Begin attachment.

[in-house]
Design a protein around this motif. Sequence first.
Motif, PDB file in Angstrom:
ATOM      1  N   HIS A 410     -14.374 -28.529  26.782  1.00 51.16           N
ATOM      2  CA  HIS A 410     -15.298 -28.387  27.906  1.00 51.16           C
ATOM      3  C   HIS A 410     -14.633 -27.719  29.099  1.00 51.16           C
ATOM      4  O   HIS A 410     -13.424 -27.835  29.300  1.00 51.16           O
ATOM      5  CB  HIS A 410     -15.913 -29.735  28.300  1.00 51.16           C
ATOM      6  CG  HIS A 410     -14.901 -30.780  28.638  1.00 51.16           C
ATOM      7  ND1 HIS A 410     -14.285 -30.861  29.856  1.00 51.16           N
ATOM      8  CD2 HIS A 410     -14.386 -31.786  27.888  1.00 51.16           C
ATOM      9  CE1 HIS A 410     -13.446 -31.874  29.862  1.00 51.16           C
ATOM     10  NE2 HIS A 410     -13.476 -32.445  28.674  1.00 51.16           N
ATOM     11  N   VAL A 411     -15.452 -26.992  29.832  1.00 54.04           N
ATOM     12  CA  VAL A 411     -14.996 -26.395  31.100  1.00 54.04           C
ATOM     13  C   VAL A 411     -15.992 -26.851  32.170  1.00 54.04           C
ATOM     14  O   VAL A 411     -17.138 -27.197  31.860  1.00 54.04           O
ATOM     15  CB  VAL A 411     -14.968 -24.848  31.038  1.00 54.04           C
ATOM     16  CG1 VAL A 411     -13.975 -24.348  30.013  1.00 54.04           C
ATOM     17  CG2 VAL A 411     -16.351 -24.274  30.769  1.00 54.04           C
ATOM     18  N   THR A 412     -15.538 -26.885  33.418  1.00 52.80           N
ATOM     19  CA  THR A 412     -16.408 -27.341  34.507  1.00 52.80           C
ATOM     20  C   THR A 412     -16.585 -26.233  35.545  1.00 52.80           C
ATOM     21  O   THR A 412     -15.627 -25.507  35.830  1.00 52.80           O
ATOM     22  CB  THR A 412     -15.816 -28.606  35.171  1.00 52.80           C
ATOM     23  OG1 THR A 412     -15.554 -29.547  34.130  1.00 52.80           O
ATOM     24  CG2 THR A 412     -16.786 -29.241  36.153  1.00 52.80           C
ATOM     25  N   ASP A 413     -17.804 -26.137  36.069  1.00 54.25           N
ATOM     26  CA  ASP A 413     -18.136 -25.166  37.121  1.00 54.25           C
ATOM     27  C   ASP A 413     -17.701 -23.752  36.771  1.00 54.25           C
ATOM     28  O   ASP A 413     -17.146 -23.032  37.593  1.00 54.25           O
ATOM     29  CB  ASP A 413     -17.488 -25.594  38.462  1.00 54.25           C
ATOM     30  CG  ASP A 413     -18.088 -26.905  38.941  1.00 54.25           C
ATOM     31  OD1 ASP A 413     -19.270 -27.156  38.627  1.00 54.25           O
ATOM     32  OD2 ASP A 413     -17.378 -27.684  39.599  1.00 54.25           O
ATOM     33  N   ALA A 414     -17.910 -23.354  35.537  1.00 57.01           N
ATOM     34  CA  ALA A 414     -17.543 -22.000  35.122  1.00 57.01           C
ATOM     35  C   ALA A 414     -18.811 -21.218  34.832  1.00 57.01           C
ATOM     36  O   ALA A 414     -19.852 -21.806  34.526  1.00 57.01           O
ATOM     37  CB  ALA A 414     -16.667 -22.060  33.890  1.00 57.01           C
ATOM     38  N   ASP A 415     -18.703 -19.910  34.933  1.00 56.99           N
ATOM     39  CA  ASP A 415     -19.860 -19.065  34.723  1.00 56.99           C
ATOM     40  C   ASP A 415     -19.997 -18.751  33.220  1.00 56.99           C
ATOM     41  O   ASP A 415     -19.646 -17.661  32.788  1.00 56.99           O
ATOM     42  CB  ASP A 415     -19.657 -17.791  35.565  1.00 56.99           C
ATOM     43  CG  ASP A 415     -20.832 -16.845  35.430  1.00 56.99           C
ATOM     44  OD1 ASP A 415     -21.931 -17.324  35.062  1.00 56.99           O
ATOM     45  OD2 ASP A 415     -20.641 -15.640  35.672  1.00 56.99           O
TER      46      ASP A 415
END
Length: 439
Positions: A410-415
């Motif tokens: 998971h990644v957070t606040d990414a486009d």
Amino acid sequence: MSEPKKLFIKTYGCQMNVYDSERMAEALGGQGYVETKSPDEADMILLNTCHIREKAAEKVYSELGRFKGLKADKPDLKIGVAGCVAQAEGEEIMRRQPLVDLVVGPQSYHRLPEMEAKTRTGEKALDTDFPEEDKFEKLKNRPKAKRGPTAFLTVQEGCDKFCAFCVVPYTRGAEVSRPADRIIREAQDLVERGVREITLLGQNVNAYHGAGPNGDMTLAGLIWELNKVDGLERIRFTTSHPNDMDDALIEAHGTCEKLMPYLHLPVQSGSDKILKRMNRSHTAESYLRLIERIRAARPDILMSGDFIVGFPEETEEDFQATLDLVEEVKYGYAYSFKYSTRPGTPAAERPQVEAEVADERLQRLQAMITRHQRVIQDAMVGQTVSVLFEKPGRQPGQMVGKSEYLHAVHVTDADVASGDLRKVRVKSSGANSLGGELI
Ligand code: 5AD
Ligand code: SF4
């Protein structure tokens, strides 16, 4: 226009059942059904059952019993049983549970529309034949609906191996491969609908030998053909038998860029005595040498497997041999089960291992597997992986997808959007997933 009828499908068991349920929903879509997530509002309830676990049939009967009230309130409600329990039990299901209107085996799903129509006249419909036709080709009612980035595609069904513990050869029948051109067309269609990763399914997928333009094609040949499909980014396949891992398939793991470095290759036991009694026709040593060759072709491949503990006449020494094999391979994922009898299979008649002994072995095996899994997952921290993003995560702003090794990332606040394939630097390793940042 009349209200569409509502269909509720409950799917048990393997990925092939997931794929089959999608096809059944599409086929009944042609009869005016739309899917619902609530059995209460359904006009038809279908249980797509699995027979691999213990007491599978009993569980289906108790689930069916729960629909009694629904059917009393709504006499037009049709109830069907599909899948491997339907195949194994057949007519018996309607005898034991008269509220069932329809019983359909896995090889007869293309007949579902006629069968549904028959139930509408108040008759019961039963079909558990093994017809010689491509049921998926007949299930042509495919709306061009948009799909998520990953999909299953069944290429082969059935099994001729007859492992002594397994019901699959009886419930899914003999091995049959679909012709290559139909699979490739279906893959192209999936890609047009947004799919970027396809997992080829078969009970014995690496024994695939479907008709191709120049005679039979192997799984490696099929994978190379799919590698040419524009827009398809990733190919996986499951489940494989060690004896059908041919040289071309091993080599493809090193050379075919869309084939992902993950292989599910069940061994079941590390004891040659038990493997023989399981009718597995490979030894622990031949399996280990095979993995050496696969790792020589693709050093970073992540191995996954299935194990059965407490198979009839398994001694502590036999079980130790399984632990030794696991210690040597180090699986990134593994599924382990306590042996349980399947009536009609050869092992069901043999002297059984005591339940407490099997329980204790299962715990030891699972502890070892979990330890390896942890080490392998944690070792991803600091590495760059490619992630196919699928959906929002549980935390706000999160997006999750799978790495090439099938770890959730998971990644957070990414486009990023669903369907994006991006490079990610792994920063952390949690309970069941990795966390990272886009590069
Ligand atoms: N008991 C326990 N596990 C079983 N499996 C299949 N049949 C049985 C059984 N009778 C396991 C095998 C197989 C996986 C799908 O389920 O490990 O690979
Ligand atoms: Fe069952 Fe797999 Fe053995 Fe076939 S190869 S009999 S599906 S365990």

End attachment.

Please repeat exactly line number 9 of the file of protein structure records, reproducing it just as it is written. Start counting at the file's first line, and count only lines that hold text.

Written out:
ATOM      6  CG  HIS A 410     -14.901 -30.780  28.638  1.00 51.16           C